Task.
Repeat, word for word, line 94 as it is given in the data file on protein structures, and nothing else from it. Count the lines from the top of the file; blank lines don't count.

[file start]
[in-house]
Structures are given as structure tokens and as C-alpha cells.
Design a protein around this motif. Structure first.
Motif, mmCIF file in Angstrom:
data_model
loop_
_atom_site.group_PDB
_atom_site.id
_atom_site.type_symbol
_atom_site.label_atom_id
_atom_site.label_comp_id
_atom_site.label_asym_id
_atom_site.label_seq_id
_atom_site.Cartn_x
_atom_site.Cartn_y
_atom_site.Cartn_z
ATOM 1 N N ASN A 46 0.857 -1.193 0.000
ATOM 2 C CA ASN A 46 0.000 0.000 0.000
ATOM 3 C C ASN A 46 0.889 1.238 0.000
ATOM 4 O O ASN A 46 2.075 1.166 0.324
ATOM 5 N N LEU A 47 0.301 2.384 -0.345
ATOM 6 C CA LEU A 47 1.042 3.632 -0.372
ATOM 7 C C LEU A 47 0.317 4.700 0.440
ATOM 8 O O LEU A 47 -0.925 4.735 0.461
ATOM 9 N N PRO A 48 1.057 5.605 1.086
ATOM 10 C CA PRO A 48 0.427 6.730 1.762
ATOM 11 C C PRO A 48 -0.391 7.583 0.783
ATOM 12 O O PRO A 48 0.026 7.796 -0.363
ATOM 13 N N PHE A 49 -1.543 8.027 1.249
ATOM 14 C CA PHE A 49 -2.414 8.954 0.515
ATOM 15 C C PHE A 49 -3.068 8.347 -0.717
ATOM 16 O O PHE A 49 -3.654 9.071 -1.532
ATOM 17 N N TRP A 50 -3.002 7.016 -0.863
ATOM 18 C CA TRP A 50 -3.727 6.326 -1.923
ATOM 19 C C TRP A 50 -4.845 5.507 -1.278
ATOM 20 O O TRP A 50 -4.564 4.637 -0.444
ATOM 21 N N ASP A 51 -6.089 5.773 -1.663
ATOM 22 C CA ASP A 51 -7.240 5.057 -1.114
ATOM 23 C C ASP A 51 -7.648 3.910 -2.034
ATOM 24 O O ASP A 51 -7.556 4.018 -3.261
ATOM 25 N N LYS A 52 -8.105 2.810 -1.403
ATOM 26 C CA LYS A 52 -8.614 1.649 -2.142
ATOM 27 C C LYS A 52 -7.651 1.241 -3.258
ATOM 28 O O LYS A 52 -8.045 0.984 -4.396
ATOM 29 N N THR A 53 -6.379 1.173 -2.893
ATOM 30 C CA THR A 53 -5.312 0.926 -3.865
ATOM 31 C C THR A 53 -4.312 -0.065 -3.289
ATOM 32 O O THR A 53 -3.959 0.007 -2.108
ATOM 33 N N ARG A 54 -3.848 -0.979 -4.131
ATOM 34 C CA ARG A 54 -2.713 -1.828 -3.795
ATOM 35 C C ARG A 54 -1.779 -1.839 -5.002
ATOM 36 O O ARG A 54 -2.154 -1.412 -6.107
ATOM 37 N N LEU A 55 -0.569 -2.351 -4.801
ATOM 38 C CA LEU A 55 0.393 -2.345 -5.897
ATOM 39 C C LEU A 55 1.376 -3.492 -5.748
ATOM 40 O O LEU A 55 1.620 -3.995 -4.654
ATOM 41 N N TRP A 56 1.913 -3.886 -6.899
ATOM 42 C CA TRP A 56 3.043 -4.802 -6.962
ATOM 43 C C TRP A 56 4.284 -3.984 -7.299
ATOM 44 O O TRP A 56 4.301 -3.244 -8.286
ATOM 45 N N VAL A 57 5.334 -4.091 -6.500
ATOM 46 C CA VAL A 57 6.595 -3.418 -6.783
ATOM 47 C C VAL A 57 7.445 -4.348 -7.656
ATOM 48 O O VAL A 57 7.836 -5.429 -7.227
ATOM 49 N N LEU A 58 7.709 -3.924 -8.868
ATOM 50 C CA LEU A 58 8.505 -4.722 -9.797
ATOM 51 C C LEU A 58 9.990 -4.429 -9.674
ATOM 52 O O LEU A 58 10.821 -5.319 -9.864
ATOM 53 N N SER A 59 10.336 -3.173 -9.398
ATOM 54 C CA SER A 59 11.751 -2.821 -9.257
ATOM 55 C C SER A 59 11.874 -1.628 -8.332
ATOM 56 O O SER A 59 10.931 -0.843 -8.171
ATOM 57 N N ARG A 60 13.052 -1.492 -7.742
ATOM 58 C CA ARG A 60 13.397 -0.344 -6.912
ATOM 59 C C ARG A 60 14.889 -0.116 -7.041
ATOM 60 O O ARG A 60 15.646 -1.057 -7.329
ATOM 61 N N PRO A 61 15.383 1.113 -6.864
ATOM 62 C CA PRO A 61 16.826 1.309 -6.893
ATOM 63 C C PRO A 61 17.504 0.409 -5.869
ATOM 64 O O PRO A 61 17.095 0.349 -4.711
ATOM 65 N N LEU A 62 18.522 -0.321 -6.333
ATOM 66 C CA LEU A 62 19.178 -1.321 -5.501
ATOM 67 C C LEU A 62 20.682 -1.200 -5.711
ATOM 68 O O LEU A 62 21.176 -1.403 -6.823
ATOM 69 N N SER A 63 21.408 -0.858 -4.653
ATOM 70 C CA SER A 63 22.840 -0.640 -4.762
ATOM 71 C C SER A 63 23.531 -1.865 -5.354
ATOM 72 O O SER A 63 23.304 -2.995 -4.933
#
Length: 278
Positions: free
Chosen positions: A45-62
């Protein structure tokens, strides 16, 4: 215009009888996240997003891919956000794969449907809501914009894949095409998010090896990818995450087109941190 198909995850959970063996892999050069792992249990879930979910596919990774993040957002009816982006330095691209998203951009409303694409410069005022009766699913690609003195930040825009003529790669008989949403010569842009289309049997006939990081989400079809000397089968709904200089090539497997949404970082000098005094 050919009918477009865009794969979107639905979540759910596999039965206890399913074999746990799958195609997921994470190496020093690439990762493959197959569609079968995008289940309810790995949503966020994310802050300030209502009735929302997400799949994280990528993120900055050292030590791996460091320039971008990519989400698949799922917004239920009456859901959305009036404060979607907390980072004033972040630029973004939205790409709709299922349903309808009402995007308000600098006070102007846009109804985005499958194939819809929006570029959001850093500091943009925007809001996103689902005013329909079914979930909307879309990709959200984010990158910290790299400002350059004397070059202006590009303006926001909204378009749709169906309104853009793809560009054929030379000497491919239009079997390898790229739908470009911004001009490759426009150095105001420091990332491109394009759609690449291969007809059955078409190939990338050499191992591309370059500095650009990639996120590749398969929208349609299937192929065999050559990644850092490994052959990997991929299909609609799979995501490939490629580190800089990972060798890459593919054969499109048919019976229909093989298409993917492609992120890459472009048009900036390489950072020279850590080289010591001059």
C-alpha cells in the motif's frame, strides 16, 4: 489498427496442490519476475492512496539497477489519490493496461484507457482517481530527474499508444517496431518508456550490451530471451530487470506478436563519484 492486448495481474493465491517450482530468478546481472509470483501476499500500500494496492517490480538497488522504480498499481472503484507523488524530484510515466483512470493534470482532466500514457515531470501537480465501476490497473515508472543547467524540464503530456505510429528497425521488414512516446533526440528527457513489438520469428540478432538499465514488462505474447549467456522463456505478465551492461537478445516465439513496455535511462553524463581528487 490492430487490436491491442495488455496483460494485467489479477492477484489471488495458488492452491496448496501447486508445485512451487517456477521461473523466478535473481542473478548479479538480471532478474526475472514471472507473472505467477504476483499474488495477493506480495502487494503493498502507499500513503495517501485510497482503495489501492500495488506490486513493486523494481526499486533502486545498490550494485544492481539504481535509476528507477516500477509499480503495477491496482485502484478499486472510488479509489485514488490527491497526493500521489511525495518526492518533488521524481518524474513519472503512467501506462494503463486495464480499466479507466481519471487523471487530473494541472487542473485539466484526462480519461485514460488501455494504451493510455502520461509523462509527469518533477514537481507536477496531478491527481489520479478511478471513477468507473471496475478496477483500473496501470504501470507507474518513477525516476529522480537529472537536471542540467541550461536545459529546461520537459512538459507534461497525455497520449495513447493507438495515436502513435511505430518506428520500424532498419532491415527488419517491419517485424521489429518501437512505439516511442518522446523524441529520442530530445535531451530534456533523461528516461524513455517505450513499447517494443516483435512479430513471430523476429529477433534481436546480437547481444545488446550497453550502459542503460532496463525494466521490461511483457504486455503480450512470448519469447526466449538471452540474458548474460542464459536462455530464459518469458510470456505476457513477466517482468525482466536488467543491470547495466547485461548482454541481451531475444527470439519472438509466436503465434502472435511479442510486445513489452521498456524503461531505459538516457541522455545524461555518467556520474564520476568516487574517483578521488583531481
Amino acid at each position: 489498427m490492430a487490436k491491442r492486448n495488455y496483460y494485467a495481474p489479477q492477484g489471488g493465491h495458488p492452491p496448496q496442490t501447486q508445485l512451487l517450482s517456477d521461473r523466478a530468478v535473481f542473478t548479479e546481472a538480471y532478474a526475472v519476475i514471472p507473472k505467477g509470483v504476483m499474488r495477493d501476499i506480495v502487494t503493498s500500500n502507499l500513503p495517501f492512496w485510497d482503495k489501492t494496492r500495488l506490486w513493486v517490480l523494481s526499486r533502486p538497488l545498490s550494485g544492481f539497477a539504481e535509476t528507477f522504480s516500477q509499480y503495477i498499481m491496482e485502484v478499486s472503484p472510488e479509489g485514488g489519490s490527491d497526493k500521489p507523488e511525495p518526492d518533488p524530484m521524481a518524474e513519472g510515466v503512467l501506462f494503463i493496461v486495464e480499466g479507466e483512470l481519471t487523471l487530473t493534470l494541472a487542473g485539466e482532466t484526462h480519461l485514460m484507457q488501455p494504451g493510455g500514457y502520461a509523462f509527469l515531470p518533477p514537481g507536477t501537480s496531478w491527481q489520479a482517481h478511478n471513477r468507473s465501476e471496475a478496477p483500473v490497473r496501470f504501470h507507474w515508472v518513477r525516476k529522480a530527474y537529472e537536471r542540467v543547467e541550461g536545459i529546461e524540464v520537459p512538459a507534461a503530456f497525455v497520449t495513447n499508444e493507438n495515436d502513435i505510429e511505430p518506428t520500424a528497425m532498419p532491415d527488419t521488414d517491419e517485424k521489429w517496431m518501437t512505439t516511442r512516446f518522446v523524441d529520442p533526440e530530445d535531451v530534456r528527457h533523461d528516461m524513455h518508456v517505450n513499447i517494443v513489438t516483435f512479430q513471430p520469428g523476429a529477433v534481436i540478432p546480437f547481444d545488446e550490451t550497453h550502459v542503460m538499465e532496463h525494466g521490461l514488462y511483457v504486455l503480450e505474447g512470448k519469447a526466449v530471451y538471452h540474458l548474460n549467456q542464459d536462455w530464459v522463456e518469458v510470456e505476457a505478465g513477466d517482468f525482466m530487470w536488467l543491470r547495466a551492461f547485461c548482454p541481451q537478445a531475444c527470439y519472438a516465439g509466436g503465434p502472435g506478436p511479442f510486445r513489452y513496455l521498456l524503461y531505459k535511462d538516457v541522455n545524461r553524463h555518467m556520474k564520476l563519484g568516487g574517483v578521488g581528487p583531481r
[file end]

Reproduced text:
C-alpha cells in the motif's frame, strides 16, 4: 489498427496442490519476475492512496539497477489519490493496461484507457482517481530527474499508444517496431518508456550490451530471451530487470506478436563519484 492486448495481474493465491517450482530468478546481472509470483501476499500500500494496492517490480538497488522504480498499481472503484507523488524530484510515466483512470493534470482532466500514457515531470501537480465501476490497473515508472543547467524540464503530456505510429528497425521488414512516446533526440528527457513489438520469428540478432538499465514488462505474447549467456522463456505478465551492461537478445516465439513496455535511462553524463581528487 490492430487490436491491442495488455496483460494485467489479477492477484489471488495458488492452491496448496501447486508445485512451487517456477521461473523466478535473481542473478548479479538480471532478474526475472514471472507473472505467477504476483499474488495477493506480495502487494503493498502507499500513503495517501485510497482503495489501492500495488506490486513493486523494481526499486533502486545498490550494485544492481539504481535509476528507477516500477509499480503495477491496482485502484478499486472510488479509489485514488490527491497526493500521489511525495518526492518533488521524481518524474513519472503512467501506462494503463486495464480499466479507466481519471487523471487530473494541472487542473485539466484526462480519461485514460488501455494504451493510455502520461509523462509527469518533477514537481507536477496531478491527481489520479478511478471513477468507473471496475478496477483500473496501470504501470507507474518513477525516476529522480537529472537536471542540467541550461536545459529546461520537459512538459507534461497525455497520449495513447493507438495515436502513435511505430518506428520500424532498419532491415527488419517491419517485424521489429518501437512505439516511442518522446523524441529520442530530445535531451530534456533523461528516461524513455517505450513499447517494443516483435512479430513471430523476429529477433534481436546480437547481444545488446550497453550502459542503460532496463525494466521490461511483457504486455503480450512470448519469447526466449538471452540474458548474460542464459536462455530464459518469458510470456505476457513477466517482468525482466536488467543491470547495466547485461548482454541481451531475444527470439519472438509466436503465434502472435511479442510486445513489452521498456524503461531505459538516457541522455545524461555518467556520474564520476568516487574517483578521488583531481